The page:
SAFE Act Retaliation
New Jersey’s SAFE Act retaliation attorneys at Lenzo & Reis understand that the dignity of financial independence that comes from work is often not only parallel to but related to the dignity of knowing that you are free from the confines of domestic violence.
New Jersey employers often make a lot of excuses for why they do not deal with employees who are the victims of the domestic violence or sexual assaults. The retaliation attorneys at Lenzo & Reis have heard them all. Some employers have an unsupported and, therefore, irrational belief that the violent spouse will wreak havoc in the workplace. Others just do not want to give employees time off for medical or psychological providers’ visits necessitated by a violent assault, police investigations into related criminal matters, and/or legal representation or proceedings to address the domestic violence or assault. Yet, other employers, simply do not want to deal with an employee who is going through a really difficult personal situation. Regardless of their reasons, employers who discriminate against and/or retaliate against employees who request or take leave under the New Jersey SAFE Act, N.J.S.A. 34:11C-4, are engaging in unlawful retaliation.What Law Protects New Jersey Employees From Retaliation for Taking Time Off Related to Domestic Violence or Sexual Assault?
The New Jersey SAFE Act, N.J.S.A. 34:11C-1, protects certain eligible employees from illegal retaliation for requesting or taking time off from work to deal with violence related to domestic violence or sexual assault. For more information about what constitutes eligible SAFE Act leave, click here.
Specifically, the SAFE Act makes clear that it constitutes illegal retaliation for an employer to fire, harass, discriminate or retaliate against or even threaten to fire, harass, discriminate or retaliate against employees with respect to their pay, “terms, conditions or privileges of employment” because they requested or took leave that they were entitled to under the SAFE Act or refused to disclose information considered confidential under the Act.What Does Illegal Retaliation Under the SAFE Act Look Like?
The SAFE Act lawyers at Lenzo & Reis understand that retaliation can be as varied as employees or employers themselves. If we had to sum it up as succinctly as possible, we would describe retaliation as treating employees more harshly after they request or take SAFE Act leave (or refuse to disclose confidential information) than before they did so. Firing or demoting someone for taking or requesting SAFE Act leave is the most obvious form of unlawful discrimination and/or retaliation. But there are many other types of illegal retaliation and discrimination as well. For example, under the law, cutting employees’ hours of work or pay because they exercised their rights under the SAFE Act clearly constitutes unlawful retaliation. Similarly, involuntarily changing their work location, work hours, or work assignments in a way that is unfavorable to SAFE Act-eligible employees also constitutes illegal retaliation. Giving them poor performance evaluations putting them on performance improvement plans (PIPs) and/or subjecting them to harsher standards and tougher scrutiny because they requested or took leave under the SAFE Act also qualifies as unlawful retaliation as does treating them so harshly that they are made to feel that the terms and conditions of their employment changed. That last example is known as a hostile work environment.How Can The SAFE Act Lawyers of Lenzo & Reis Help Me If I am Being Retaliated Against?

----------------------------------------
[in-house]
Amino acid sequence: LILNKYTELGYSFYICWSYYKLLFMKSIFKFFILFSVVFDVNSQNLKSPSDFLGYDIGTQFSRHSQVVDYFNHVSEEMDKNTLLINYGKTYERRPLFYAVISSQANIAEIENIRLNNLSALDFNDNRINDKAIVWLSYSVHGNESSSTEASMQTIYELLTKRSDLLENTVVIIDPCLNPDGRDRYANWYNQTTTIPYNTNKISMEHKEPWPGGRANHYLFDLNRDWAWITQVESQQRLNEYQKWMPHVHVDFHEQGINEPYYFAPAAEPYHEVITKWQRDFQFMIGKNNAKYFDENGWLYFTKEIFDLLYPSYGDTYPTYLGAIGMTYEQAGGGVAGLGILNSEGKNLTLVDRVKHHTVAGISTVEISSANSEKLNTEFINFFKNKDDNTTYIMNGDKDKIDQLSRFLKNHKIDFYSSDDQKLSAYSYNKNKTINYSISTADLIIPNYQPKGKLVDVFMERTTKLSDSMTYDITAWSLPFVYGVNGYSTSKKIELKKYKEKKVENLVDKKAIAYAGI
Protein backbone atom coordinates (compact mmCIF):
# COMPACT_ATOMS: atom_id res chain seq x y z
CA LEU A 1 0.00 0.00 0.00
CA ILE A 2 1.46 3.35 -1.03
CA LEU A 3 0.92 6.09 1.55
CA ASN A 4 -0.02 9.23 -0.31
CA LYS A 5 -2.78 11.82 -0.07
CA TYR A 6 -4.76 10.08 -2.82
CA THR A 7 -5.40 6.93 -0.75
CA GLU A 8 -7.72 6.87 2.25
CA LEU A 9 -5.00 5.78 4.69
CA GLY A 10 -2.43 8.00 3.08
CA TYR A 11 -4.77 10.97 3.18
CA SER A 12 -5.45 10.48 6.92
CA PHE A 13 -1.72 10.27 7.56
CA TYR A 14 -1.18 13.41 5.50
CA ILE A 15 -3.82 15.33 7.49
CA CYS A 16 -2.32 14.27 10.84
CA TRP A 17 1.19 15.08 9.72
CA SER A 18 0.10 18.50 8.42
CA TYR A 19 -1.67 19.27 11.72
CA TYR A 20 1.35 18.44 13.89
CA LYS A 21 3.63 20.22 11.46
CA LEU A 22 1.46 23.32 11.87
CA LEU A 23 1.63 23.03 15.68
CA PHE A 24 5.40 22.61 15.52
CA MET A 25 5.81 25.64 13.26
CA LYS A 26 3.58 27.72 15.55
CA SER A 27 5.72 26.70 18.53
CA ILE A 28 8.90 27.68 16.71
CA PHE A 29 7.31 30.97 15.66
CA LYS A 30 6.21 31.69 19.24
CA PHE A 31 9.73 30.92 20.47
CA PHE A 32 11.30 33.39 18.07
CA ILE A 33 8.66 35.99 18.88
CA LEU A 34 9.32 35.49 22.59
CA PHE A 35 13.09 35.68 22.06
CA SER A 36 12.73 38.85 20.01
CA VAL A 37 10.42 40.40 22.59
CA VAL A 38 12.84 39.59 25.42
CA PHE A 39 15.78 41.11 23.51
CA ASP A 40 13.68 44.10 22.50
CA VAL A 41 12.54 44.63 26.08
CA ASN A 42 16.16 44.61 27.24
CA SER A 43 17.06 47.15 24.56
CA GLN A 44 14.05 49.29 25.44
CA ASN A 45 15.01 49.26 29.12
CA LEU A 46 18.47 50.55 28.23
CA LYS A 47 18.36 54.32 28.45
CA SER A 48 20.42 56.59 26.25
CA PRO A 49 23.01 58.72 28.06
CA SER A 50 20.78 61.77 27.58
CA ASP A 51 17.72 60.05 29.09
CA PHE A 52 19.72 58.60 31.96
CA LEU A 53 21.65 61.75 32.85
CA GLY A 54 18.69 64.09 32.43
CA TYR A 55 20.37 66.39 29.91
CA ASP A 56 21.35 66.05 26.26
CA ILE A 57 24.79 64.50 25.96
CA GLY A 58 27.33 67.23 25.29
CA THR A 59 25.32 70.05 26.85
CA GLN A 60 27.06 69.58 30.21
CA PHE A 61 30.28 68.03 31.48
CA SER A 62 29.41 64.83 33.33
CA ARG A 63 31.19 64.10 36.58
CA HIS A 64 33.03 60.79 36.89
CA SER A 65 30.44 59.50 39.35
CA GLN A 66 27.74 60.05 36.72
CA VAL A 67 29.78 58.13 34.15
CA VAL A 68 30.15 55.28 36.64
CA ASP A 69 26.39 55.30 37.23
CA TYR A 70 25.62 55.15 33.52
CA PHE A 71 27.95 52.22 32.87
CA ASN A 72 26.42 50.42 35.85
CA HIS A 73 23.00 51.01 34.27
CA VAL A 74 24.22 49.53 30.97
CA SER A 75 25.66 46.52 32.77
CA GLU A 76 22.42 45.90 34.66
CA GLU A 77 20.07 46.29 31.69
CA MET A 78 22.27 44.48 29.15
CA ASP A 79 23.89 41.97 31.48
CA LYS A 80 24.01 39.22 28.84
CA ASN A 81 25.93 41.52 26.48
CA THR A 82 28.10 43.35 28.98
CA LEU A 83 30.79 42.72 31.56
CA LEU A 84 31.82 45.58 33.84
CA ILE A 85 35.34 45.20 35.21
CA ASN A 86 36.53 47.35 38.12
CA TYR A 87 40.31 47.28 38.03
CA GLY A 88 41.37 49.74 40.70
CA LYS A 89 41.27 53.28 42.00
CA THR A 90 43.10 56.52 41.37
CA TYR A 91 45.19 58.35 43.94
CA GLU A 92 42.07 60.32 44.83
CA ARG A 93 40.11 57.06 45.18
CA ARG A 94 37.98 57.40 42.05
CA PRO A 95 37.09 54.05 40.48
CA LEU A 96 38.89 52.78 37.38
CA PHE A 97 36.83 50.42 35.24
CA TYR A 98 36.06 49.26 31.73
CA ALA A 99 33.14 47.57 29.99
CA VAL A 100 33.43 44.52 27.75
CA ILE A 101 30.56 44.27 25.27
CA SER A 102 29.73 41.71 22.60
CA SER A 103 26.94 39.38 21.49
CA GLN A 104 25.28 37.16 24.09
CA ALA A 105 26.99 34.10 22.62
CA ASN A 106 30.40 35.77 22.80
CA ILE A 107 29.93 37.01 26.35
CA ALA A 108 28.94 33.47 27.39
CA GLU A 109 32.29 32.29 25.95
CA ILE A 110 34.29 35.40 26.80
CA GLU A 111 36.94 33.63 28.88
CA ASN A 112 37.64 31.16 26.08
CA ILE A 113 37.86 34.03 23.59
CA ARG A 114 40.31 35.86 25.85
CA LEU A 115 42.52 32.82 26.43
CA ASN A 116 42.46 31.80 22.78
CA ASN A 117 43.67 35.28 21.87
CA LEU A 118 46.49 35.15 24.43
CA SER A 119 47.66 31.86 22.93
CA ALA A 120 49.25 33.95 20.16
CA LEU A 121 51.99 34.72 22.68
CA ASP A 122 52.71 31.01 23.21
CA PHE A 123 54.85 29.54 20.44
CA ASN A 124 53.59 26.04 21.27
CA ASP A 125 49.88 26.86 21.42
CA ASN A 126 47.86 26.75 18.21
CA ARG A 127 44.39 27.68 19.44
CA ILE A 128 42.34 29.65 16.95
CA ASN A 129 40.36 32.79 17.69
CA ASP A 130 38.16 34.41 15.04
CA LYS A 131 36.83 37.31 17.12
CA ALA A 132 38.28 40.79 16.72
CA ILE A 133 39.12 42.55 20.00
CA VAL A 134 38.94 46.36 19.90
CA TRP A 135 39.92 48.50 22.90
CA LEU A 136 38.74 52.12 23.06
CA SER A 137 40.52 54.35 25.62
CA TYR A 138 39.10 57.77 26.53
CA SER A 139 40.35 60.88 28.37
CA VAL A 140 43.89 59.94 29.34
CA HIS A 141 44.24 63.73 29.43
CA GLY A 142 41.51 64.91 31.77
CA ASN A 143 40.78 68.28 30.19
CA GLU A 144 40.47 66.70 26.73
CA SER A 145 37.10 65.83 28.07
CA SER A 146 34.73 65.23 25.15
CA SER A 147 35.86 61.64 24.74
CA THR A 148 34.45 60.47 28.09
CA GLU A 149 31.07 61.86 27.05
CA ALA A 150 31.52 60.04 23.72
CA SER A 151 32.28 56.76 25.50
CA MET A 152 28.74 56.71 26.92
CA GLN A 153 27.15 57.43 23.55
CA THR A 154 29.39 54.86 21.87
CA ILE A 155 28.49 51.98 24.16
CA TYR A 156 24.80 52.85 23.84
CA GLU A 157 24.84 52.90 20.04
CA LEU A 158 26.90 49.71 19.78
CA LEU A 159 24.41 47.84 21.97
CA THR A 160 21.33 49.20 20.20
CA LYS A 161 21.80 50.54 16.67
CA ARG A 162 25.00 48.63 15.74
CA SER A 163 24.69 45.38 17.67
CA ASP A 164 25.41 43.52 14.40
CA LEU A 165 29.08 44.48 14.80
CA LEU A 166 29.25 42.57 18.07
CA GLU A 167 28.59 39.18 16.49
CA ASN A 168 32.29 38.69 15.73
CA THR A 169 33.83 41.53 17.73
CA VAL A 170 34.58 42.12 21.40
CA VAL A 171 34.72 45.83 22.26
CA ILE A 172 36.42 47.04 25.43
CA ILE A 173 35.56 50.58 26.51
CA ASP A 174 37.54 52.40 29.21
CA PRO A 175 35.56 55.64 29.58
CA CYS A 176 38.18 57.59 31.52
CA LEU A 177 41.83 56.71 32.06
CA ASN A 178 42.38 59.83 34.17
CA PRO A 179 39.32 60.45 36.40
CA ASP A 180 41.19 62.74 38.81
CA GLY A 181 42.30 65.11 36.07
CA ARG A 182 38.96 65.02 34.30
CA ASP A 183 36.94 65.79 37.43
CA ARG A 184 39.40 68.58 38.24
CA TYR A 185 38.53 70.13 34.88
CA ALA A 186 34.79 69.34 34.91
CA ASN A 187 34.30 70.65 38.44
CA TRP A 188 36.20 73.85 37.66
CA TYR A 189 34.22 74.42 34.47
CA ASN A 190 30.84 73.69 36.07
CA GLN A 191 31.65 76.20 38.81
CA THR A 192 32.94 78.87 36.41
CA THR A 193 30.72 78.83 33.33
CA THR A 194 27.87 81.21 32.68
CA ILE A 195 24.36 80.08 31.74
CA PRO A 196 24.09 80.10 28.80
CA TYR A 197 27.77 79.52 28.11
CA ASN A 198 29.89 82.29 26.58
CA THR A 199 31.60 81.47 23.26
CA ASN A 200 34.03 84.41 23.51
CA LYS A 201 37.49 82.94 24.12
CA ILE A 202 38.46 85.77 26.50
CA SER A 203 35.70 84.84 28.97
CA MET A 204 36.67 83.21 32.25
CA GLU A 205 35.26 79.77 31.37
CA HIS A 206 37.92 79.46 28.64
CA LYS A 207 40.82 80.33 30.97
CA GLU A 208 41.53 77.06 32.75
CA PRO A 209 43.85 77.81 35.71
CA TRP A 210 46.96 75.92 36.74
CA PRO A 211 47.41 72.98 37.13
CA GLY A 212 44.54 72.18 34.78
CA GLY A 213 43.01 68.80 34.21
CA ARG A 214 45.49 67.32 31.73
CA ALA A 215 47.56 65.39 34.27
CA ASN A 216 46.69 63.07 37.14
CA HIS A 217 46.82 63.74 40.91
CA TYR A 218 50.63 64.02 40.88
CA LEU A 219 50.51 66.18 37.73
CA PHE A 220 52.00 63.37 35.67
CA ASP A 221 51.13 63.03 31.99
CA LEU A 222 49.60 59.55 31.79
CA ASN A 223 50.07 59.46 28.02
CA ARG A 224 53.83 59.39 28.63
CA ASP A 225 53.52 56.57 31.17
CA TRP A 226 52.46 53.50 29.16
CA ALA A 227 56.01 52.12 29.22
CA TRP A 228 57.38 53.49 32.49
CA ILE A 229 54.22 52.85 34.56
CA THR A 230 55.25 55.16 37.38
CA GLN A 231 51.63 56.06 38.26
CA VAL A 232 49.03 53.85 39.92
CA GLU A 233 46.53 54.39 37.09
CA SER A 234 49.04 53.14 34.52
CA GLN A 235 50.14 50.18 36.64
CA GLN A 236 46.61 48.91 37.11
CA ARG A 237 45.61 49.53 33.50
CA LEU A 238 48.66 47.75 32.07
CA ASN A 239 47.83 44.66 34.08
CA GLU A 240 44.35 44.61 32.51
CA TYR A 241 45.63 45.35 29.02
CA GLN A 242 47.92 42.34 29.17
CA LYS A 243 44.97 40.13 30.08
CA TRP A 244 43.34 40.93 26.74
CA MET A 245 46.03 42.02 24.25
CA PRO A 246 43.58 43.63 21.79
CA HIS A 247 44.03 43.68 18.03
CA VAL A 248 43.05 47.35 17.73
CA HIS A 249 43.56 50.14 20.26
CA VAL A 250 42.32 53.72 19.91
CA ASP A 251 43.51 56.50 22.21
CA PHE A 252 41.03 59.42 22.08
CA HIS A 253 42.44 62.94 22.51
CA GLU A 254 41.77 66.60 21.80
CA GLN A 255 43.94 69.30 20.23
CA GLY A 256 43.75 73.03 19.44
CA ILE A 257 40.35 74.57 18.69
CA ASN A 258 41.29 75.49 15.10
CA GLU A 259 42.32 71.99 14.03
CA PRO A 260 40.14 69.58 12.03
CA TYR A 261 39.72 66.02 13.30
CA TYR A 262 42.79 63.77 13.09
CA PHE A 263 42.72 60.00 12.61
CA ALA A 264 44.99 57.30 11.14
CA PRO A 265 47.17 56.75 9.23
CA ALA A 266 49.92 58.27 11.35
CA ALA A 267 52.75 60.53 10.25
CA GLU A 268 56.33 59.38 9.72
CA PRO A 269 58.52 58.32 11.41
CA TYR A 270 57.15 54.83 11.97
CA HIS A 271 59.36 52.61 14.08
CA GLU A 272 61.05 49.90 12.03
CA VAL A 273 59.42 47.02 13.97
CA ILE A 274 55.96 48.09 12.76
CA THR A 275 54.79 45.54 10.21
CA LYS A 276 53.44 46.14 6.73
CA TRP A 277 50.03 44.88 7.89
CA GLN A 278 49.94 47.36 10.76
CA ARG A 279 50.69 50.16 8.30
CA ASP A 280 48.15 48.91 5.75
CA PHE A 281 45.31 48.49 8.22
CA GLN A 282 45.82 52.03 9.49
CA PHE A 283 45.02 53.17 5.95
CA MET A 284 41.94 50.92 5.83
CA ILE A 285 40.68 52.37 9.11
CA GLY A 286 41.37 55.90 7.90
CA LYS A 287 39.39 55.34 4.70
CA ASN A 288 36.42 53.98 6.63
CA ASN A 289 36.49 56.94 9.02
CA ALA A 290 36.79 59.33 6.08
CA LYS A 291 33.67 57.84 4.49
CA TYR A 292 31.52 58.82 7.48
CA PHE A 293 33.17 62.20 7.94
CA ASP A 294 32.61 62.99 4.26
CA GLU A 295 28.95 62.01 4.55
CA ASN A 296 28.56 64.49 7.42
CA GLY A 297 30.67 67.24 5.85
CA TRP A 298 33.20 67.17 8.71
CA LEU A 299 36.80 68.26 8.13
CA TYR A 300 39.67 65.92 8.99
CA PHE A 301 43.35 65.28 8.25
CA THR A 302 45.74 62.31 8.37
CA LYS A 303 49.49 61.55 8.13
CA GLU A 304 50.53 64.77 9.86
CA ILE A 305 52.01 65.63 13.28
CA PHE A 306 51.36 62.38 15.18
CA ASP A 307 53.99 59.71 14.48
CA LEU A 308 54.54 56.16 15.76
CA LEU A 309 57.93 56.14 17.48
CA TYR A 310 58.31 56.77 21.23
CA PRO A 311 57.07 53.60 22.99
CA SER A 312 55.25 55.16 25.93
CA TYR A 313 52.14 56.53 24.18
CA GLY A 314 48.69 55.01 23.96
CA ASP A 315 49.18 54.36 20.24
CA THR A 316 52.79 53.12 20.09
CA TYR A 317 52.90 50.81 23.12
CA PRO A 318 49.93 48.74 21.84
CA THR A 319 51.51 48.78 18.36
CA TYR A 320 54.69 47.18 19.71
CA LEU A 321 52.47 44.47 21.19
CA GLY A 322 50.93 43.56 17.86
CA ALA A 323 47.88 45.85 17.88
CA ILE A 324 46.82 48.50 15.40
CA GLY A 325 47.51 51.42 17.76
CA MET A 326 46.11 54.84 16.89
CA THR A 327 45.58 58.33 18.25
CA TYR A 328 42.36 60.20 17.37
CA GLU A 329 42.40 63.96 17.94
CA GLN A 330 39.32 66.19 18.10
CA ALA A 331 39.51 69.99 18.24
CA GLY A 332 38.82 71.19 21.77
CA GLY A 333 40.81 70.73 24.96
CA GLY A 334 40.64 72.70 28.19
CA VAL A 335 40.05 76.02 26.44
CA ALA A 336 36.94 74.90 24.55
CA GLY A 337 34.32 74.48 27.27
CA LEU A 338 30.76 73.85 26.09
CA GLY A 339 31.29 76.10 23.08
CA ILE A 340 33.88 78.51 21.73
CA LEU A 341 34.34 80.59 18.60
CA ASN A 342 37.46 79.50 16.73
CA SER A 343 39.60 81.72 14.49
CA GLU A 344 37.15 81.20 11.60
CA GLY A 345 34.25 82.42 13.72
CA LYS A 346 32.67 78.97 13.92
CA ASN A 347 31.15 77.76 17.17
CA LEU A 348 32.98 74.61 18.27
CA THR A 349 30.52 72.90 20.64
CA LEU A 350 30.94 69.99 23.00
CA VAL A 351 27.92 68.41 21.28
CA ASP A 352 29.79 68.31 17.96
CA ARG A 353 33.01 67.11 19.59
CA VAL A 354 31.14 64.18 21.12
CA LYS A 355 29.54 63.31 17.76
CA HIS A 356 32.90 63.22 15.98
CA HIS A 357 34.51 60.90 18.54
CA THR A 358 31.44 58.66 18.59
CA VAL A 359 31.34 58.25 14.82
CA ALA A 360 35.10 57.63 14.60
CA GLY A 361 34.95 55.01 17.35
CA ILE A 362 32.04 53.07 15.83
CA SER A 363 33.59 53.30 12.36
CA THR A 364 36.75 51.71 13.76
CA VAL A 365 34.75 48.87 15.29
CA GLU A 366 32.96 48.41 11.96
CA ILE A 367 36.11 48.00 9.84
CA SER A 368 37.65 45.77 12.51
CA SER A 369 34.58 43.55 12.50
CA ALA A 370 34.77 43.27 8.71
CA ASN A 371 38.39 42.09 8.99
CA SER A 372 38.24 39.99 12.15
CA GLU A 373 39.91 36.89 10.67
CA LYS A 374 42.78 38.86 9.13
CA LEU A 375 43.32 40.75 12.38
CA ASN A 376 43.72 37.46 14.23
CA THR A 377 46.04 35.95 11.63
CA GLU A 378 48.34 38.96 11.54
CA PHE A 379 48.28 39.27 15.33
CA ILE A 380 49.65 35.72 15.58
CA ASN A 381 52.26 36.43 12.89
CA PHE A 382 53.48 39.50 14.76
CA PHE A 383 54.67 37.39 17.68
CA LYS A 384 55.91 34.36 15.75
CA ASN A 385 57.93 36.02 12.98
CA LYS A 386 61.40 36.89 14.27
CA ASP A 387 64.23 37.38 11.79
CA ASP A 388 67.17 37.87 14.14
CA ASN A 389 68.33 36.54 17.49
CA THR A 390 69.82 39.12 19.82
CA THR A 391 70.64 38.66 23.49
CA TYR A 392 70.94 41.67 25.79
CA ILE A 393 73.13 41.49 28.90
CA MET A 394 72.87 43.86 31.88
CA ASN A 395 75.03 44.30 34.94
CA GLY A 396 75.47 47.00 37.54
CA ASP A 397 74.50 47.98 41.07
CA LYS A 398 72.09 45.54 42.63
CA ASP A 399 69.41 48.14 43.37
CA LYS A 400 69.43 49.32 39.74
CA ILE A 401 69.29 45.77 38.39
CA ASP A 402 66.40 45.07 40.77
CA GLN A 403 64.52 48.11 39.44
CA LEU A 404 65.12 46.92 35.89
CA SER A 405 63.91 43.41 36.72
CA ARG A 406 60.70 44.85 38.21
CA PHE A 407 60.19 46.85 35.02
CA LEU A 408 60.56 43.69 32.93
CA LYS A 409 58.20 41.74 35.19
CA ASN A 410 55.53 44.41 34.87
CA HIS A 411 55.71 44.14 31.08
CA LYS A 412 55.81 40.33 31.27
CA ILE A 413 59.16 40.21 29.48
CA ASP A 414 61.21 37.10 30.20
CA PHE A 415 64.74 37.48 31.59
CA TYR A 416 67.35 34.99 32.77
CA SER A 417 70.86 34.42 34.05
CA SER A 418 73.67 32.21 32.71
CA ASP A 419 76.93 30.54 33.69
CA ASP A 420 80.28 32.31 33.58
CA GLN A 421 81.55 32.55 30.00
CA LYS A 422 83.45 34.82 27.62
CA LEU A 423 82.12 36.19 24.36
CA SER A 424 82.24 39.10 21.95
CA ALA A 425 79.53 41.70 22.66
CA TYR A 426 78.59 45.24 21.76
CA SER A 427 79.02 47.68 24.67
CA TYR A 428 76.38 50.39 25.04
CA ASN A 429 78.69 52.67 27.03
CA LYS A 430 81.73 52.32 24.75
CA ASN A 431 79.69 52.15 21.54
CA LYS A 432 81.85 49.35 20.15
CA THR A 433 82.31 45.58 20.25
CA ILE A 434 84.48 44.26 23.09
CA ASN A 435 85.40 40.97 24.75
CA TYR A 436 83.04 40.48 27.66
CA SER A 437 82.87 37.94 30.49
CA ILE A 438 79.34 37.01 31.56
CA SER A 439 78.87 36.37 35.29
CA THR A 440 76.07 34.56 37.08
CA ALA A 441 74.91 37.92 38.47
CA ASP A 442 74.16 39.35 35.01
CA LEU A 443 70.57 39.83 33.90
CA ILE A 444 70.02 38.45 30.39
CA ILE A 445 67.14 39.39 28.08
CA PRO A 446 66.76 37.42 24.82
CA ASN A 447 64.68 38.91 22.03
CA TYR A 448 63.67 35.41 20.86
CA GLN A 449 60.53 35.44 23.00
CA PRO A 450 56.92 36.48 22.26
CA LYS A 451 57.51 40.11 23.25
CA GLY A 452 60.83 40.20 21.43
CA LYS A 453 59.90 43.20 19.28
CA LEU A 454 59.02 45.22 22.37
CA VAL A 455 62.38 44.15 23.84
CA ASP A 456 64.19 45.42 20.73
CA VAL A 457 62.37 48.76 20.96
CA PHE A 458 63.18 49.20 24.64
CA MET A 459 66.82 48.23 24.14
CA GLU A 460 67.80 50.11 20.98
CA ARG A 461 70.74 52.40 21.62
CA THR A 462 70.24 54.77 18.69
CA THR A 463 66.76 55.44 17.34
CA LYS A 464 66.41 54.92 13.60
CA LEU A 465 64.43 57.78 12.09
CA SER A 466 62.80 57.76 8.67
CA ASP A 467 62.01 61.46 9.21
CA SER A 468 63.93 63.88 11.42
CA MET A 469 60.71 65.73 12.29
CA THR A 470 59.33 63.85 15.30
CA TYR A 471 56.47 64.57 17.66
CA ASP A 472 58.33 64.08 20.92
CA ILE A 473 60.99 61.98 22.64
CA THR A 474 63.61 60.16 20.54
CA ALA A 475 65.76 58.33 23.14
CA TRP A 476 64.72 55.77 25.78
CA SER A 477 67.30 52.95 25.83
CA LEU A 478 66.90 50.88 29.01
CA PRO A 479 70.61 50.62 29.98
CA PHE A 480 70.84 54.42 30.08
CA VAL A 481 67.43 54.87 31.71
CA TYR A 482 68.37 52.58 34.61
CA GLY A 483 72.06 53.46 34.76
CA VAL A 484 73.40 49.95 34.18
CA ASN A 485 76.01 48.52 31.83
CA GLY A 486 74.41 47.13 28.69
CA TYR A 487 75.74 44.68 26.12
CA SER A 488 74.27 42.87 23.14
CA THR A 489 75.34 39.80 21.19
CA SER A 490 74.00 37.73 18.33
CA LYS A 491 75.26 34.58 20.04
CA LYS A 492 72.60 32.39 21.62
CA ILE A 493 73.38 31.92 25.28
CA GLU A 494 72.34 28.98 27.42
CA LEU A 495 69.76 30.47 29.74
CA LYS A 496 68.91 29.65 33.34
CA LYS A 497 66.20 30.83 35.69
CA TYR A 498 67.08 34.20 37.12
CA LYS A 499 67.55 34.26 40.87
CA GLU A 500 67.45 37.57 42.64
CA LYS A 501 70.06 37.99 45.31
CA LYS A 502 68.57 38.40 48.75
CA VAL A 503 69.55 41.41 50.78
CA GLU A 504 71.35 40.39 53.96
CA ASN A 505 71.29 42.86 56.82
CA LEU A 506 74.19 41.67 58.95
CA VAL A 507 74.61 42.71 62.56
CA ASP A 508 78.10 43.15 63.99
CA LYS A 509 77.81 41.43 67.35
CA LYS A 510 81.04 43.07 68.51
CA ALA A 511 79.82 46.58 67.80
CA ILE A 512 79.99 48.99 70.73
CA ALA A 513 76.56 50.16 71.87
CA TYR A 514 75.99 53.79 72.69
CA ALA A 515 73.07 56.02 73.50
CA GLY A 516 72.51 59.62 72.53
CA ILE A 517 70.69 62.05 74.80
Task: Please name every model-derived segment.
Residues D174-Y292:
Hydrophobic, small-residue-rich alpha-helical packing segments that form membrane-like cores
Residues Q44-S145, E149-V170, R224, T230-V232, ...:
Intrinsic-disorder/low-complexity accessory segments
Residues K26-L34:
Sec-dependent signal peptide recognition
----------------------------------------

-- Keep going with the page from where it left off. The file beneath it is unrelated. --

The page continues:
You have legal remedies if your employer is denying you leave to which you are entitled under the SAFE Act or you are being discriminated or retaliated against in violation of the New Jersey SAFE Act. If successful, you are entitled to any lost wages you suffered as result of your employer’s unlawful conduct such as lost wages and lost benefits, payment of attorneys’ fees and costs, job reinstatement if you were fired and want to return to work, and even an injunction restraining further violations of the law. That last part means that a judge has the authority to issue an order directing your employer to either give you the leave to which you are entitled and/or stop discriminating and/or retaliating against you.What Should I Do If My Employer Is Retaliating Against Me Because I Took SAFE Act Leave?
Trying to survive through domestic violence or a violent sexual assault is hard enough. You should not have to deal with the additional stress of being punished at work or, worse, fired just for trying to take the time off from work you need to deal with the psychological, medical, and/or legal issues related to such an assault. If you are being illegally retaliated against at work for requesting or taking SAFE-eligible leave and/or for refusing to disclose confidential information to your employer, contact the SAFE Act retaliation attorneys at Lenzo & Reis at (973) 845-9922 or e-mail by clicking here. We have successfully helped thousands of employees not only receive compensation for the unlawful workplace retaliation to which they were subjected but also retain their dignity. We are willing, ready, and able to help you as well.